Facing Conflict Is the Only Way Toward the Future

Since the U.S. began clashing with China over economic and trade policies, the Chinese people have found strength in unity and self-confidence. They believe that managing their own situation well will be more than enough to let them realize their goals. Yet in online forums, there are still rumors that the trade war will bring about an inevitable loss for China; that the only way for China to survive is to surrender to the U.S.

Is the trade war really bringing about an inevitable loss for China? History is the best teacher. Since the establishment of New China, China has made great sacrifices for the sake of its ideals. Facing the flames of war on the shores of the Yalu River in 1949, in order to secure its surroundings, China fought hard and won partial peace for a few decades. This victory proved that the time in which Western invaders could seize eastern coastlines with only a few cannons was gone, never to return.

This year, in the face of nuclear blackmail from the U.S., China has not flinched and does not believe that survival depends on surrender. Instead, China relies on its 5,000-year history, leans on its own national strength, and has successfully built an atomic bomb, hydrogen bomb and artificial satellites as long-term safeguards of national security. Let’s take another look at the facts: In the case of the trade war, some Americans think the United States’ implementation of restrictive trade policies will lead to overwhelmingly positive results. But the reality is just the opposite. The United States’ hopes of a rapid victory in this trade war have already been destroyed, and the probability of the trade war lasting a long time has increased remarkably. The sound of wide-ranging international criticism of the U.S. echoes around the world.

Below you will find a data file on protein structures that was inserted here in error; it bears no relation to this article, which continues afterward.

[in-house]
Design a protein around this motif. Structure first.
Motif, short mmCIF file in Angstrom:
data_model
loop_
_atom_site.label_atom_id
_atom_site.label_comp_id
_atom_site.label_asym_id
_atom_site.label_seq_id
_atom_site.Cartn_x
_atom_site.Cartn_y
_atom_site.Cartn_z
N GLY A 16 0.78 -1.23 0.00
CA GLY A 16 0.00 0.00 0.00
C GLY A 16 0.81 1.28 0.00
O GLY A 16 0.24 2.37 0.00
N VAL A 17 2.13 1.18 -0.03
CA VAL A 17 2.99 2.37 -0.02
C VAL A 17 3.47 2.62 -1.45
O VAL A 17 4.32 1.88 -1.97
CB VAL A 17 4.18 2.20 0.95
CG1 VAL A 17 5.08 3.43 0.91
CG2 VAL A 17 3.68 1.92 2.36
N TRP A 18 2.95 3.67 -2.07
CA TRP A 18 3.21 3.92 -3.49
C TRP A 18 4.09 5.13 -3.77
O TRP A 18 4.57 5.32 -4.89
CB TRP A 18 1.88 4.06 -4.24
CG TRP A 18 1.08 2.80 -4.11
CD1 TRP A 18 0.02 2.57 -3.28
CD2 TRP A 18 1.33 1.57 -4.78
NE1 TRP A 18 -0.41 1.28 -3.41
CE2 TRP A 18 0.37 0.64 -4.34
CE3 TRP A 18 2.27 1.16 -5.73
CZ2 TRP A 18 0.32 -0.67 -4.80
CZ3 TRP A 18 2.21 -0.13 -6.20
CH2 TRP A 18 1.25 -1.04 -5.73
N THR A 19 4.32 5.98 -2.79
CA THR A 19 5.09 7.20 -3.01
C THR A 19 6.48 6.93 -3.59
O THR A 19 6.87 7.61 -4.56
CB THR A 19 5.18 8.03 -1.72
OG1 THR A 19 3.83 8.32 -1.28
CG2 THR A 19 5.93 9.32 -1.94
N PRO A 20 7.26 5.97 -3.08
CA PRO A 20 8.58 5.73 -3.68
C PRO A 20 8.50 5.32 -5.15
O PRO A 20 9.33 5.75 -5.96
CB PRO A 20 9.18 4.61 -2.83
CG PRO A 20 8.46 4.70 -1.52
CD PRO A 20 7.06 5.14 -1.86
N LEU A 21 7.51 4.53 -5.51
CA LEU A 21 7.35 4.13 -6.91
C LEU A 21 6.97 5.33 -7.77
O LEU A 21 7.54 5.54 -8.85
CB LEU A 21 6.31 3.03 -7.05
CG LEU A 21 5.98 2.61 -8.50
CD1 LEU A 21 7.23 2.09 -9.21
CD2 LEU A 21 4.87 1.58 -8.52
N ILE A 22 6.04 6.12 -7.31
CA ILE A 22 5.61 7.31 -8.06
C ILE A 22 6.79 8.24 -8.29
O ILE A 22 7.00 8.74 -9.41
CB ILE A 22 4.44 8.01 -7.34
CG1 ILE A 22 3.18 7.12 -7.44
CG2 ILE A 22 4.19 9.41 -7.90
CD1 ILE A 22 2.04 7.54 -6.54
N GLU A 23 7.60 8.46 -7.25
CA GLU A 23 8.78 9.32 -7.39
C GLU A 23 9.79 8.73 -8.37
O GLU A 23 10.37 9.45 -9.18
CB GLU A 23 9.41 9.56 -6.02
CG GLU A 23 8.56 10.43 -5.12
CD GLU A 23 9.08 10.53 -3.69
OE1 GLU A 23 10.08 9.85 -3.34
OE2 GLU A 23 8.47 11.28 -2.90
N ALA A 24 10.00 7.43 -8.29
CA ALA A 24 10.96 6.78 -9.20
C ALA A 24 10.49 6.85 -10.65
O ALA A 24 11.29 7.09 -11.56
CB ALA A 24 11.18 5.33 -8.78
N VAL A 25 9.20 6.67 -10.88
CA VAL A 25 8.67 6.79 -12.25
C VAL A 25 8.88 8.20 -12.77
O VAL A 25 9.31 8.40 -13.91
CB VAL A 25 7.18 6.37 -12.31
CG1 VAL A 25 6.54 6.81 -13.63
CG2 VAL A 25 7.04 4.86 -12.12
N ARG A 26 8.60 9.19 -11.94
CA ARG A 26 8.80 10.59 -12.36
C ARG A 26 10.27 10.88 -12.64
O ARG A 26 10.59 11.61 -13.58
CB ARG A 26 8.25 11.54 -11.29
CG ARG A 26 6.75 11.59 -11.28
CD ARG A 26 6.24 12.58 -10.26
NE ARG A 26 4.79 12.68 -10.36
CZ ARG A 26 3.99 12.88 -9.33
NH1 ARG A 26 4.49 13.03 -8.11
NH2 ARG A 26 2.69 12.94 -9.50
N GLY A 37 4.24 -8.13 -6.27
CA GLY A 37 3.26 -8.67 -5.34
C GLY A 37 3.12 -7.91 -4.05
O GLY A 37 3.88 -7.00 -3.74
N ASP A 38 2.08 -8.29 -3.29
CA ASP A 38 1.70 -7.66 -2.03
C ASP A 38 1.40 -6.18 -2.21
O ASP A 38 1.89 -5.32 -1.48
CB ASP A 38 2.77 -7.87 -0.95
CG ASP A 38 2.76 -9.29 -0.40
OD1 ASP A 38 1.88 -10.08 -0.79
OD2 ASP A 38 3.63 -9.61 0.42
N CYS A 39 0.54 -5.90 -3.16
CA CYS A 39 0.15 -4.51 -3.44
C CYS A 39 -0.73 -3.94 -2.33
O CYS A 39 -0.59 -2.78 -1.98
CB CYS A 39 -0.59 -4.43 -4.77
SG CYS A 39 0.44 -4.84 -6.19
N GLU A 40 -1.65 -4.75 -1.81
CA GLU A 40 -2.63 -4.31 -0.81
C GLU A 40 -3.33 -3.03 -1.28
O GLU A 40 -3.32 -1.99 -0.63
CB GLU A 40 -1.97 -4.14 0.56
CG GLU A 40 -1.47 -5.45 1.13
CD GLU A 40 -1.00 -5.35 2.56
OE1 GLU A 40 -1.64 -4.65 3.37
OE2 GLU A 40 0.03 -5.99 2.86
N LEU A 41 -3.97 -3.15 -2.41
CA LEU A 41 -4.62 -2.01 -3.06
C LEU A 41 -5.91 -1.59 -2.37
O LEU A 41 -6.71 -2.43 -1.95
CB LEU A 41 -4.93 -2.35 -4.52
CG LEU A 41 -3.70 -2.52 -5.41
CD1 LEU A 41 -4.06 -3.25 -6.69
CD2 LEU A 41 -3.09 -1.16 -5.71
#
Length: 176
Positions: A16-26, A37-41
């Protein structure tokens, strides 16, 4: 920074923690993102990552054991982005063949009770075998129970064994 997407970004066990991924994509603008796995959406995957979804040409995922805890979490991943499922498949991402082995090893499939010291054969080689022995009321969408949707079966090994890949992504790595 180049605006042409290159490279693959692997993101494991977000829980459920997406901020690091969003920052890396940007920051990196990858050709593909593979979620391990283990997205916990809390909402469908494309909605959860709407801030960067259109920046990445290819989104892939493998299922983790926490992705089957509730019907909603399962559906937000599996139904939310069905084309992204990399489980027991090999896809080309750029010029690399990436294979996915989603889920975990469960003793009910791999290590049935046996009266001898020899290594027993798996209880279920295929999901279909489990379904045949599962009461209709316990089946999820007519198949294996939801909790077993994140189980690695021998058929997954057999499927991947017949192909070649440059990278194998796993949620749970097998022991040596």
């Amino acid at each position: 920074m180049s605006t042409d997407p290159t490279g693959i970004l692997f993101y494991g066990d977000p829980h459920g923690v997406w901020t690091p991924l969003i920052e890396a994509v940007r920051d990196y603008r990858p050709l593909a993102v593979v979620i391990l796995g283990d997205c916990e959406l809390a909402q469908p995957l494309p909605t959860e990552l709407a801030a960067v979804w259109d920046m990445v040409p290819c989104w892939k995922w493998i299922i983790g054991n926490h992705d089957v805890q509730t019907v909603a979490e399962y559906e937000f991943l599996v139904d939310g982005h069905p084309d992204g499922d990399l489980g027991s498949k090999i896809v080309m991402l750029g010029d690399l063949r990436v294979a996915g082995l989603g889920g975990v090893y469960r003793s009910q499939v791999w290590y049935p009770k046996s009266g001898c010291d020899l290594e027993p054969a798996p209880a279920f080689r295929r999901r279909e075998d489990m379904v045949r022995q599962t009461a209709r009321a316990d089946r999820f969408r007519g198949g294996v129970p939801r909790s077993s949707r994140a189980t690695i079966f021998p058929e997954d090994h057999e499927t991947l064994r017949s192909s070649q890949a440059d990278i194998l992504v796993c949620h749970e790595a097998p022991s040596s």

Is the trade war really bringing about an inevitable loss for China? Let’s examine where China should have confidence in the clash with the U.S. The unavoidable truth is that the U.S. started and escalated the economic clash. The conflict has created noticeable short-term economic fluctuations in China, and the income of domestic production managers and some salespeople has been negatively impacted. These difficulties have increased economic pressure at lower levels. However, if we move away from the short-term economic fluctuations and look at the situation as a whole, we see a different situation and a different outcome.

First, the effects of the economic friction between China and the U.S. are manageable. In 2018, Chinese exports made up approximately 18.2% of the gross domestic product, but the importance of exports for the Chinese economy is gradually decreasing. Beginning this year, China’s economy is reaching a steadily improving state, meeting reasonable intervals approaching the most important economic targets.

Second, the trend of economic growth in China is unchanging. Even after the start of the trade war, the long-term trend of improvement in China’s economic development has not changed. The continued growth that supports the foundation and good conditions of the economy have not changed; the revisions to the economic structure have optimized the economic situation.